Not Ok, Twitter: End Your Sneaky Shadowbanning Tactics

After following Scott Adams for several months on Twitter, I noticed two days ago his posts suddenly stopped showing up in my timeline. I changed no settings. I altered nothing in my notifications. I follow only 28 accounts so there is no chance they got lost. Just, suddenly, no posts from Adams.

I know Adams is a tireless persuader. So, I went to his timeline and I saw over 200 posts by him *that day alone*.

How many were in my Twitter timeline? NONE.

Remember when the California electric companies artificially limited electricity generation and then price gouged citizens while cutting off their electricity sporadically? How did that feel?

You see, if a Twitter engineer with an SJW chip on his shoulder wanted to harm his political opposition, he could tweak the algorithm to perform “rolling blackouts” of the followers of certain key twitter accounts. It would come and go randomly, so it would be difficult to replicate, and so remain hidden from @twittersupport. But it would materially harm the key accounts’ messaging by preventing a certain percentage of their followers at any given time from seeing their posts – thus preventing followers from responding or liking posts to show support.

NOT ok, Twitter. And when it happens, we will keep telling you and those affected by it until it stops.

I don’t care if Twitter is shadowbanning on accident due to software bugs or if someone is doing this on purpose, because either way the resulting effect is the silencing of rightful speech. Tech companies are already under fire for SJW-friendly censorship and groupthink. But investors won’t care about excuses should Twitter’s brand take on an ominous neo-Orwellian shadow and make it even harder for them to make a profit.

Fix the issue, Twitter.

Parsing Persuasion in the Sam Harris – Scott Adams Podcast: Intro

In early 2017 noted rationalist, atheist, and Trump hater Sam Harris invited Scott Adams, creator of Dilbert and persuasionist extraordinaire, to come on his show and debate about Donald Trump. Adams accepted and on July 18, 2017 they engaged in a two-hour discussion. In the resulting twitter discussions Harris supporters generally seemed angry; Adams supporters seemed to have had a good bit of fun calling out the Harris supporters for cognitive dissonance.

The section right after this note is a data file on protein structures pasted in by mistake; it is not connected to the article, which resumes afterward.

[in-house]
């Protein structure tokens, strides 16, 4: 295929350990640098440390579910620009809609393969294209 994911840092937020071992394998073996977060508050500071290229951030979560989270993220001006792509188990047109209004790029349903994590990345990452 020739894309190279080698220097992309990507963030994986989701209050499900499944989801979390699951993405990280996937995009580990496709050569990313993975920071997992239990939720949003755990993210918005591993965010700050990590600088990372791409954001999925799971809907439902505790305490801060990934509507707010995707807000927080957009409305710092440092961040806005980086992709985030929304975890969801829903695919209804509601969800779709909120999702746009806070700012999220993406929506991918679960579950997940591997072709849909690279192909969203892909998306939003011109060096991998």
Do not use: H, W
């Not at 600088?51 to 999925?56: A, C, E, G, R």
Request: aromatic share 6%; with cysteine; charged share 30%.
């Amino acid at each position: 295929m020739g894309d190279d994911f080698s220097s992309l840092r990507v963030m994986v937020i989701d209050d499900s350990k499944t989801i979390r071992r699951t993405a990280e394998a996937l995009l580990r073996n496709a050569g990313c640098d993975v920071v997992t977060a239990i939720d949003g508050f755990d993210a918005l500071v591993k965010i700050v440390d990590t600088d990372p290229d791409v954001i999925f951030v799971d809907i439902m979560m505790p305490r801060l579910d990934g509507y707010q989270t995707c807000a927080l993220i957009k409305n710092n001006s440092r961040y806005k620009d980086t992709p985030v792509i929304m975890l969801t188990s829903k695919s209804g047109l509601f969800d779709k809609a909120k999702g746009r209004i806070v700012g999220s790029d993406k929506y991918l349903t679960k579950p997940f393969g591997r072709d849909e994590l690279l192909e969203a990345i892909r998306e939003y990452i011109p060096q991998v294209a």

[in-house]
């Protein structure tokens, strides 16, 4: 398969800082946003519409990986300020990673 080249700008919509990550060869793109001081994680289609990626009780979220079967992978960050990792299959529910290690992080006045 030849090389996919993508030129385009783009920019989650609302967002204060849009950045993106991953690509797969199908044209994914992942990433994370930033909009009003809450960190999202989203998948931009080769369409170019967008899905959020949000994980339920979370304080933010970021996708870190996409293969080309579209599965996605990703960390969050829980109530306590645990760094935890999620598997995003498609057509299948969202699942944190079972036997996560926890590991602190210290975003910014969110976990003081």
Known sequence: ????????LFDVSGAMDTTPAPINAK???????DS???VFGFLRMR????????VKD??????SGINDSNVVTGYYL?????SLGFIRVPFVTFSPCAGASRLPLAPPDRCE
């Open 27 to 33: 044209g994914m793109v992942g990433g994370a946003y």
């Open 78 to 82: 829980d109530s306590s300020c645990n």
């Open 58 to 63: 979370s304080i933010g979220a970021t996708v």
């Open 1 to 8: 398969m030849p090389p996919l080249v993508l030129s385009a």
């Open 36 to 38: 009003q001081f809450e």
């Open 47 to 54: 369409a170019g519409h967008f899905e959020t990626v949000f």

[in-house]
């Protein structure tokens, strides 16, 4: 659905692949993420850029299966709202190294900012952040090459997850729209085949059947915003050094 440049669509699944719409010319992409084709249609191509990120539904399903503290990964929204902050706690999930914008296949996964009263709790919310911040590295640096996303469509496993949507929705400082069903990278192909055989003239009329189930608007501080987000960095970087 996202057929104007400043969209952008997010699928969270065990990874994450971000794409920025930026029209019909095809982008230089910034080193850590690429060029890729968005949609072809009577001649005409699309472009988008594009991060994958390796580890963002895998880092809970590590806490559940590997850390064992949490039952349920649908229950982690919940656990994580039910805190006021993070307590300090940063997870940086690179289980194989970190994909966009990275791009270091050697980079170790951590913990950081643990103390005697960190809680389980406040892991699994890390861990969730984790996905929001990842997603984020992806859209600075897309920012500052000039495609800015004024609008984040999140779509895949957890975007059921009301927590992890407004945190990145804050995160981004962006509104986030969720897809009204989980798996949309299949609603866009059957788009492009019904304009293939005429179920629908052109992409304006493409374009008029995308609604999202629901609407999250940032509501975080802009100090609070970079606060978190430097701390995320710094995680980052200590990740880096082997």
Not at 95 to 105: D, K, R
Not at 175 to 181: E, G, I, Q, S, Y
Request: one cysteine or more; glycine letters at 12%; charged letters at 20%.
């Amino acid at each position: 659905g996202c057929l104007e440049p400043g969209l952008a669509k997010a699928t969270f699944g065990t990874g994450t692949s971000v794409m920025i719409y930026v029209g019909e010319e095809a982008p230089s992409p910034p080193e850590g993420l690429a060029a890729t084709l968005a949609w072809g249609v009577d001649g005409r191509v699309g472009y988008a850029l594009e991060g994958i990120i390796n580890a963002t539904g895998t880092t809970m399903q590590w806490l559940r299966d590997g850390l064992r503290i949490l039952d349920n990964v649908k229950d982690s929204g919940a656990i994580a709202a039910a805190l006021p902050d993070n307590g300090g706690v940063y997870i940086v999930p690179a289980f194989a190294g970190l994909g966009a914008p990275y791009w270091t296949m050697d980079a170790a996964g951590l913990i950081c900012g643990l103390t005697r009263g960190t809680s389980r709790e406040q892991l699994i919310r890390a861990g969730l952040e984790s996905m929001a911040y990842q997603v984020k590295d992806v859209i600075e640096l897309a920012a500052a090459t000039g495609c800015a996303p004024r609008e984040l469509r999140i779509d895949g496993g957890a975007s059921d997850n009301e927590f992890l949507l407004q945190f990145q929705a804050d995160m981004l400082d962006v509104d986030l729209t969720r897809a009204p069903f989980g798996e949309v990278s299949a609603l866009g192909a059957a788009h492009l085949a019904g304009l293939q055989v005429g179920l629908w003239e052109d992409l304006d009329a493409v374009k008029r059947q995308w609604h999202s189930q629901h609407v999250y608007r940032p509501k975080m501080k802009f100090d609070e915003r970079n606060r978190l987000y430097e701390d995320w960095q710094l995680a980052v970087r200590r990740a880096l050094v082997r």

This was a great event for students of persuasion for a number of reasons. First, it provided a beautiful contrast between super smart, super rational, scientist Sam Harris (and his followers of similar brains and bent) with super smart, super persuasive Scott Adams and his followers. Second, it provided us with a master class in belief change work, if we are willing to dig into it and work out the techniques.

Because Harris debated Adams, but Adams didn’t debate Harris. Adams used the debate as a vehicle to destroy anti-Trump beliefs, as conveniently presented by Harris, for a large audience of listeners.

So let’s dig into what went on. I’ll parse out some of the techniques used and we can learn some useful stuff.

Some notes before we begin:

  • I’ll be posting the transcript in sections, along with notes on the persuasion and structure, as I finish them
  • I will only be publicly parsing out what I will call Level 1 techniques. Even so, you might be surprised at how deep the crafting goes into persuasion, even in live conversations
  • If you are on twitter, send out thanks to @rolypolyistaken for writing out the transcript for the first section
  • It will help greatly to be familiar with some of Adams’ persuasion reading list, particularly Cialdini
  • The next post will be on beliefs and how to use the new information we will be learning. After that I’ll post the first section of the transcript with notes

FAQ

1a. “I want to learn persuasion!”

  • Start with “Influence” and “Pre-suasion” by Robert Cialdini.
  • Then Google “Scott Adams persuasion reading list.”
  • I would add 1 more book to Adams’ list: “Monsters and Magical Sticks.” There are some more but those are all on the advanced level.
  • When you have read through some of the persuasion reading list, read Win Bigly by Scott Adams. It will tie it all together into usable strategies.
  • I do some exposition of persuasion techniques in action on my blog: http://bit.ly/2xMxfNB